Following the ‘script’

by Nancy Colasurdo on February 6, 2013

When a friend recently sent me a Wall Street Journal article about how teaching cursive is being phased out of our schools, I was stupefied.  I know I’m sometimes resistant to change, but this was really working on me. I loved penmanship in grade school!

As with most things, I decided to write my way through processing it.

Today’s Game Plan: What Does the Demise of Cursive Mean?

{ 8 comments… read them below or add one }

Nancy Colasurdo February 6, 2013 at 9:16 pm

(This comment was posted elsewhere on the site, but I copied and moved it here)

I just saw your piece about the demise of cursive. What a shame that will be. I think it must be going the same way as spelling!!

G Boercker

Nancy Colasurdo February 6, 2013 at 9:17 pm

I agree wholeheartedly, Gary. Thanks for writing.


Richard February 7, 2013 at 4:32 am

While cursive seems near & dear to some, for many of us, it’s only used to write checks. Since modern computer software has cursive fonts, and practically no one prints anything in them, and we read less & less hand-written material as the years go by, taking up precious class time to learn to do the same thing we’ve already learned to do by printing is wasteful.

As for the argument kids will learn keyboarding at home anyway, no, they won’t. They’ll get ingrained bad habits like hunting & pecking. Typing DOES need to be taught early and formally now.

Cursive is meaningful to some, but not all. There are people who believe football was highly valuable in their lives; for others it might be dance, or music, etc… But just as I have no interest in playing football or an instrument, I don’t see forcing all school kids to learn something redundant & little used. For those who want to learn cursive themselves, nothing is stopping you.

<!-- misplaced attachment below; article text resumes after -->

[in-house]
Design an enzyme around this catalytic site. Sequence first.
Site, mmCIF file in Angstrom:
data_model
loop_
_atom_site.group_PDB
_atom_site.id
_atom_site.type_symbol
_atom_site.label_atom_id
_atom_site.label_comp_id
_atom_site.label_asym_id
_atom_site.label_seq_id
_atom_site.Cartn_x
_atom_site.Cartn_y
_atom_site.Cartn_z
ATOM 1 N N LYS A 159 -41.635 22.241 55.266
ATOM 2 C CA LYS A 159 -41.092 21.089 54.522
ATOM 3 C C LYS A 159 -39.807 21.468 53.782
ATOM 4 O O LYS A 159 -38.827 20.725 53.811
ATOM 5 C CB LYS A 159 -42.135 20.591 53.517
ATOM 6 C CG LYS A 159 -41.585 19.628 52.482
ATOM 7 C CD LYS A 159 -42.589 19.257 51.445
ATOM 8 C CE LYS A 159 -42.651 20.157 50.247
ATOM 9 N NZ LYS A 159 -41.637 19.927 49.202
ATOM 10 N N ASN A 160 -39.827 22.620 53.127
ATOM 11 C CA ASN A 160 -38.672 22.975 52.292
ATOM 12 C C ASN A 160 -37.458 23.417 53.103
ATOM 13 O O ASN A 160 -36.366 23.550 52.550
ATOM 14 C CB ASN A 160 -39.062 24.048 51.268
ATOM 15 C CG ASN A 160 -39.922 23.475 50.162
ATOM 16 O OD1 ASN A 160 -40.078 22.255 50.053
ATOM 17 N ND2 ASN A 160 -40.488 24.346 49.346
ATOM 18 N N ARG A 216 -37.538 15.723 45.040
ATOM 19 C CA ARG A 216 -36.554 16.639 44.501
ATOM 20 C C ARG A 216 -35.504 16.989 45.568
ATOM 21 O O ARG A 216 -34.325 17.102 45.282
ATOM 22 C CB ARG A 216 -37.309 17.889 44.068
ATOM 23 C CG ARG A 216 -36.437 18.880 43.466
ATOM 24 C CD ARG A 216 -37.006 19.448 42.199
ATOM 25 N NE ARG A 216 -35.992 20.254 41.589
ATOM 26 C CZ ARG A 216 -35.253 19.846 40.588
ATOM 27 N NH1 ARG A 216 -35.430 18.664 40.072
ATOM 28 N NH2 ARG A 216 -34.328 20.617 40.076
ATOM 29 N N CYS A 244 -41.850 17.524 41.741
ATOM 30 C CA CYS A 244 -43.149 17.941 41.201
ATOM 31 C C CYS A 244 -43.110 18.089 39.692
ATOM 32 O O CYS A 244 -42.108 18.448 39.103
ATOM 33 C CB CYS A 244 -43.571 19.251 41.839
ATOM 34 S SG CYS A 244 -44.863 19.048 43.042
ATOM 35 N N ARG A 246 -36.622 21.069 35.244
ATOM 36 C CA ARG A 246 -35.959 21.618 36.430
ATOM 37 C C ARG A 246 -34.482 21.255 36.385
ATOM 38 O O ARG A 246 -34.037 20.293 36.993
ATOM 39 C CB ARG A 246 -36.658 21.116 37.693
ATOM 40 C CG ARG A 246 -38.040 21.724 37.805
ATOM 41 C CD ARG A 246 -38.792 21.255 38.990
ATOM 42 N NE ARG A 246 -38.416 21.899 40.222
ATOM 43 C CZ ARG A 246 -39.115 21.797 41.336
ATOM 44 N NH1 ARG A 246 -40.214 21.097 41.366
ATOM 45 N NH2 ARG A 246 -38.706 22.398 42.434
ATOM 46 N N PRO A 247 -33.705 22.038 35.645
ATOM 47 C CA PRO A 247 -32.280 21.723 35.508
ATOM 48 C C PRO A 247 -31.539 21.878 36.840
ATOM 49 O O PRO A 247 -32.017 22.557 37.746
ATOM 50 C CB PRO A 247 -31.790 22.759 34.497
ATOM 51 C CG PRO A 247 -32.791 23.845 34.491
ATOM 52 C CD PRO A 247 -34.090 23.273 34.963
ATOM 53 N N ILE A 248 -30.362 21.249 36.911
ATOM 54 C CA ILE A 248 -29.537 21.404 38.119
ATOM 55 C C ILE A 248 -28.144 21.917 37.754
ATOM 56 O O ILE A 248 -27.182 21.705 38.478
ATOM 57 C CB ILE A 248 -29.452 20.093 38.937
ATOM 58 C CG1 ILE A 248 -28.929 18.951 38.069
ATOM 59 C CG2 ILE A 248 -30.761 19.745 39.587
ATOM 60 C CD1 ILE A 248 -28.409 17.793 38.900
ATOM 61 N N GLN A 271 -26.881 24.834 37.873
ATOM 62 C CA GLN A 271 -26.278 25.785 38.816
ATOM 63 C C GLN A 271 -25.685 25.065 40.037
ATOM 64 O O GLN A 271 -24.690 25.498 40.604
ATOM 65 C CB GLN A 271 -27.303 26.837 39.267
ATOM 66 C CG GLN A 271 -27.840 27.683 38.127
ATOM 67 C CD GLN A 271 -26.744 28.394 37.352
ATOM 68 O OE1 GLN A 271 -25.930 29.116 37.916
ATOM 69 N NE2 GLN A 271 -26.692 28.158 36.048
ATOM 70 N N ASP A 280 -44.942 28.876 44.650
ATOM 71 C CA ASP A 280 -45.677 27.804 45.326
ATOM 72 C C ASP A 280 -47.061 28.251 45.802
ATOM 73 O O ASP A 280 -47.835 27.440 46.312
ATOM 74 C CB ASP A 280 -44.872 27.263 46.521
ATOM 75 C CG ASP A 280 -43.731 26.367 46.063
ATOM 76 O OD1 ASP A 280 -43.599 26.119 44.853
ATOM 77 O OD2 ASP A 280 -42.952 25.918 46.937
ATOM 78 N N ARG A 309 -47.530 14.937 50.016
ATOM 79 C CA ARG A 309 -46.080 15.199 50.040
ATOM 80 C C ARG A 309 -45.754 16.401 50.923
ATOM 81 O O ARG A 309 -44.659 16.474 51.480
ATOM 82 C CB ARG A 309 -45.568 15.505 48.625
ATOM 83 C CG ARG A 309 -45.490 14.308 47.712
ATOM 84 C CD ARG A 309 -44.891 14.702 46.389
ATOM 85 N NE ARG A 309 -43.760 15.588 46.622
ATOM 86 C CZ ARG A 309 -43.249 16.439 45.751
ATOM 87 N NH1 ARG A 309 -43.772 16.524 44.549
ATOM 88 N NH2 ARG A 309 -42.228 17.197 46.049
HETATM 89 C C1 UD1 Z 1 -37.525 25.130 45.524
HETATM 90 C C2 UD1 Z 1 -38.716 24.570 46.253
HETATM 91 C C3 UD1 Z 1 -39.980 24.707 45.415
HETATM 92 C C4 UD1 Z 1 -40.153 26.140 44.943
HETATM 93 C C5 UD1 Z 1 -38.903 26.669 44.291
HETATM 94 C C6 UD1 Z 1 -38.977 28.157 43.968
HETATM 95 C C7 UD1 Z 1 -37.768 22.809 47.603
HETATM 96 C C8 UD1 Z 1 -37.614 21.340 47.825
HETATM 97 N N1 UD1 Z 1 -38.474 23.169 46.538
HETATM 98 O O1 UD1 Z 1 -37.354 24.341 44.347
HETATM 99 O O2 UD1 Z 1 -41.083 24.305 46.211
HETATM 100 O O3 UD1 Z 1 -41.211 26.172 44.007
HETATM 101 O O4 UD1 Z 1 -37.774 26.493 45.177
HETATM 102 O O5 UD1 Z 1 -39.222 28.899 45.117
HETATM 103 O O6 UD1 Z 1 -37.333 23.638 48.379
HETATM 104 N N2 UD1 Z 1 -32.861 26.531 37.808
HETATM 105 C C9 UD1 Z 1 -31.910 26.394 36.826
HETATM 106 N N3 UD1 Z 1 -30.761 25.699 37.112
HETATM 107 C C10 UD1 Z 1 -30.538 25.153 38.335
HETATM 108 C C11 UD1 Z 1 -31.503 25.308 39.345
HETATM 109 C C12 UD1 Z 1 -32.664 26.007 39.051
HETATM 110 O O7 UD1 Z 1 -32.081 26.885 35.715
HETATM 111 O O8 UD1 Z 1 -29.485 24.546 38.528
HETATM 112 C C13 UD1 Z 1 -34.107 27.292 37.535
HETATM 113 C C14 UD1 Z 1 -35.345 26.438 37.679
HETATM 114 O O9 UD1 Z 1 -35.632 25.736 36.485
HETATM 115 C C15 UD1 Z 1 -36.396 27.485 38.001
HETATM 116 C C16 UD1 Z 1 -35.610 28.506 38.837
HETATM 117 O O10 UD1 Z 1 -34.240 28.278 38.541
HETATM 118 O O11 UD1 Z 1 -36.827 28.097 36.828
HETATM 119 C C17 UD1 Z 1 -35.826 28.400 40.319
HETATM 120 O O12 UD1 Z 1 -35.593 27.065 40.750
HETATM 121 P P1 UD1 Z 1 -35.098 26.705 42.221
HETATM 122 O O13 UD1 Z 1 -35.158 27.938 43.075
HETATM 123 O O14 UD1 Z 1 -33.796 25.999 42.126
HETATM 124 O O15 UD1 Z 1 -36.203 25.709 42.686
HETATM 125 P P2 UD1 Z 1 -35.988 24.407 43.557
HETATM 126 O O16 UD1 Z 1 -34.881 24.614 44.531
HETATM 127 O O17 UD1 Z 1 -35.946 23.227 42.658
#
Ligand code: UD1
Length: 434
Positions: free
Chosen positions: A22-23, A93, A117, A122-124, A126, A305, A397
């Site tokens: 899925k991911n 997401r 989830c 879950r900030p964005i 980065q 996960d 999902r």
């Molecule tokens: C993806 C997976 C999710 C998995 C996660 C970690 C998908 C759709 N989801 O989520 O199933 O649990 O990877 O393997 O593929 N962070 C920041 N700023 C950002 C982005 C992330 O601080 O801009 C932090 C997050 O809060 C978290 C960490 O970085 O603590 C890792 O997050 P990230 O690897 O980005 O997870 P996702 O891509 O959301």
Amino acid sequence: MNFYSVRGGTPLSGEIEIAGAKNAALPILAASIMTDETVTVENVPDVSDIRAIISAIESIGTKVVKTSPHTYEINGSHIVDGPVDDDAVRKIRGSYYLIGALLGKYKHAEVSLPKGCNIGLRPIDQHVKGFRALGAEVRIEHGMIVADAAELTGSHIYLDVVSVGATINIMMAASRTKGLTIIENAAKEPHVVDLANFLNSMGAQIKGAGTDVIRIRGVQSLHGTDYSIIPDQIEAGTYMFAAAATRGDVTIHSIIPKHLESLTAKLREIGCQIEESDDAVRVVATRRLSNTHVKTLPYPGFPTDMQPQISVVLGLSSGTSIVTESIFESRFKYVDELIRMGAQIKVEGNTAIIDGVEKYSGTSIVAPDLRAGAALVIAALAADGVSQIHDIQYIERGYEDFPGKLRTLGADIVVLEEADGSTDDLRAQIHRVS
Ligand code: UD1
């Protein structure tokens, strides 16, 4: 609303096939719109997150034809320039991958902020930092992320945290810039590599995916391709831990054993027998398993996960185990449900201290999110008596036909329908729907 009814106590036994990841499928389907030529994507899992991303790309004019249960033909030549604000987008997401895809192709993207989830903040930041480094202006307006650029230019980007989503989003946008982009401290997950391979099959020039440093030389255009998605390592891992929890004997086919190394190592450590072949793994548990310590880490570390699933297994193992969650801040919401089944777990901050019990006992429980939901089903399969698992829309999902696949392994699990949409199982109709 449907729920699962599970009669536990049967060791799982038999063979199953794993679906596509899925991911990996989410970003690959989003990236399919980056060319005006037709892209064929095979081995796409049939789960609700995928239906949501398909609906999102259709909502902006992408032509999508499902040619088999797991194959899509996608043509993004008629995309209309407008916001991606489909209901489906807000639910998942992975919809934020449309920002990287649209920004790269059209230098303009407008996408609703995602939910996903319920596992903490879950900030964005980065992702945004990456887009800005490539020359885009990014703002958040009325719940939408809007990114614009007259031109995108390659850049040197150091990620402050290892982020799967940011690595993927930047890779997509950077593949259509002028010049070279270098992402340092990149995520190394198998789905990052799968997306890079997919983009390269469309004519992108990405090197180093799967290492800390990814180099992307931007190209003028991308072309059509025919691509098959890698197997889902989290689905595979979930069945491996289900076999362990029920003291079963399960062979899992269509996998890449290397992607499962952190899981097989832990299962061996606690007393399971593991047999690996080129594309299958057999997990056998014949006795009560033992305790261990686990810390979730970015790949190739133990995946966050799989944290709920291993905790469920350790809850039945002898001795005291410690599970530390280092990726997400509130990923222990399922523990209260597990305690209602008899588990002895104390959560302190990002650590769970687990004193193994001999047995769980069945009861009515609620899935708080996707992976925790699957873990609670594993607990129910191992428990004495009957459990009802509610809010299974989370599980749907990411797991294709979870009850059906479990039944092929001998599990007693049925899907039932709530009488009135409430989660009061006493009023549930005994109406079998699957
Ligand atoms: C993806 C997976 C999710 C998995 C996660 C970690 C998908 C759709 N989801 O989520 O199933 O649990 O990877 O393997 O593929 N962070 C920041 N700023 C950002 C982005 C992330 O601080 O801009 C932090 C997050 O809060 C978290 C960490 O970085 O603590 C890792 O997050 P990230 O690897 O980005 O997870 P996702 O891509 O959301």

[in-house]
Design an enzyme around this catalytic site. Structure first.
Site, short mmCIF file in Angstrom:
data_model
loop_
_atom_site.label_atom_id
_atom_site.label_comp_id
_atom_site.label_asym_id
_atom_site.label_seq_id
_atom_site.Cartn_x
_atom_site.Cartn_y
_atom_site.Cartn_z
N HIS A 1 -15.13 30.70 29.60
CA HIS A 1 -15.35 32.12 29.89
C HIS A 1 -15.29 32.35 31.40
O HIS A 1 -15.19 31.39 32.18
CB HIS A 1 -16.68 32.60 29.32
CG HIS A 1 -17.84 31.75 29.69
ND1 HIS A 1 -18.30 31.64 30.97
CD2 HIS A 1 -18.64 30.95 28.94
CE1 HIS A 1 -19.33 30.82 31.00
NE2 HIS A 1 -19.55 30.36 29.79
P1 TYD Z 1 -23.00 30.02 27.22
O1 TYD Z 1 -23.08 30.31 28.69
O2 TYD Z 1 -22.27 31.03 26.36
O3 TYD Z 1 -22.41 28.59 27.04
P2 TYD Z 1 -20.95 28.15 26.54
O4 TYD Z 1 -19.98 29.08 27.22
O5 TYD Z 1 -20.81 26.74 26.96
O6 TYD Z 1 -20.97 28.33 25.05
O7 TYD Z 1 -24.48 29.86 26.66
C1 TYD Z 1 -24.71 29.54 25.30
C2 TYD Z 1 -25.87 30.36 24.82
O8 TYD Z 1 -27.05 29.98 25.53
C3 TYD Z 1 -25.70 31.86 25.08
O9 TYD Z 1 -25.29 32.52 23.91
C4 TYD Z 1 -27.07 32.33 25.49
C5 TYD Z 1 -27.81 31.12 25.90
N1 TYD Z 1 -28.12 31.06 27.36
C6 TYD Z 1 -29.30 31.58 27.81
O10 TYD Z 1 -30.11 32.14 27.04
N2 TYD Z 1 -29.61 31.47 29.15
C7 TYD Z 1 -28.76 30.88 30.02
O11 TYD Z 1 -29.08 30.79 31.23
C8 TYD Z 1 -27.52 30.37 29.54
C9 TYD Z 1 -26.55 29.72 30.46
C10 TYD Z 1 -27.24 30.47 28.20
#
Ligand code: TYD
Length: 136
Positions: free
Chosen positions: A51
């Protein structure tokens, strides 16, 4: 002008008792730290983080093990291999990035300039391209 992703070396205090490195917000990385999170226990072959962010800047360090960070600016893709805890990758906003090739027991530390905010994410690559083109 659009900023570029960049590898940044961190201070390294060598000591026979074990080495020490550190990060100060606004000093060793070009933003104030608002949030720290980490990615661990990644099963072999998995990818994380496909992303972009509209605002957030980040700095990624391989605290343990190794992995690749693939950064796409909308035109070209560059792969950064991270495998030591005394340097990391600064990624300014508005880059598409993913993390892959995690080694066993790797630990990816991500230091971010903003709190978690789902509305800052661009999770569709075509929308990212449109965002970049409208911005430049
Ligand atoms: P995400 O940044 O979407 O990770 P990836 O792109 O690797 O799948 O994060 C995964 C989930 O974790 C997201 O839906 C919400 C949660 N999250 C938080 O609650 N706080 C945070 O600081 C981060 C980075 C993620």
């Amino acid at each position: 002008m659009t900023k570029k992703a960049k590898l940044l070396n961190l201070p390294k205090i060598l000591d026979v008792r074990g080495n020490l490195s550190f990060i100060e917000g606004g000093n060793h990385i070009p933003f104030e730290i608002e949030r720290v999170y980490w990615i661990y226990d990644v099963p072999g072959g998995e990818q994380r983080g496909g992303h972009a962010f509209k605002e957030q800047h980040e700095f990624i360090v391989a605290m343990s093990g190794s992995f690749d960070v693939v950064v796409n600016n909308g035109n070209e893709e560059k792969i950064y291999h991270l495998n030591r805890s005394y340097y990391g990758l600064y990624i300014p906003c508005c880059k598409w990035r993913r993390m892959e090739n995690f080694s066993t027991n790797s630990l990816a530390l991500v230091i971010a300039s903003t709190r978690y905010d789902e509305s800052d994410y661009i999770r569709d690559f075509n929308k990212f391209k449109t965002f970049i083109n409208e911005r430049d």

George Robinson February 7, 2013 at 8:06 am

Your article about the disappearance of cursive was nothing more than self indulgent tripe. I totally forgot what the subject of the piece was before I read half way through. I’m sure you are a talented, upright person but Gees, easy on the aggrandizement. Save that syrup for pancakes.

Nancy Colasurdo February 7, 2013 at 10:29 am

While I appreciate the gist of what you’re saying, Richard, I still maintain that if I could learn script and typing (I happen to excel at both, but I know that’s not true of many) in school then others could as well. As for comparing it to football or dance, really? Look, I don’t regret a darned thing about my education and I don’t want to be stuck in the past as the column clearly says. I took algebra and trig because they were required and I definitely didn’t excel in those, but there were adults smarter than me who said they’d provide value. Isn’t that how it works?

It’s also worth noting that until this issue came up recently, I had no idea so few people used cursive. Now I know.

Thanks for taking the time to write.


Nancy Colasurdo February 7, 2013 at 10:35 am

I’m sure you’re a talented, upright person, too, George. That is, when you’re not taking time out of your day to jab a columnist who clearly isn’t your cup of tea.


Jim Murray February 7, 2013 at 10:59 am

“You know, things like spelling and grammar and now penmanship.”

There’s more at stake here than penmanship I fear. And, since some of your readers don’t seem to know, we were taught “keybording” 50 years ago in school, but it was called “typing”. Do they really teach “touch” keyboarding in schools today? I doubt it.

Nancy Colasurdo February 7, 2013 at 11:08 am

I’m right there with you, Jim. Typing class sure was helpful when I was a sports writer on deadlines night after night.

Thanks for weighing in.


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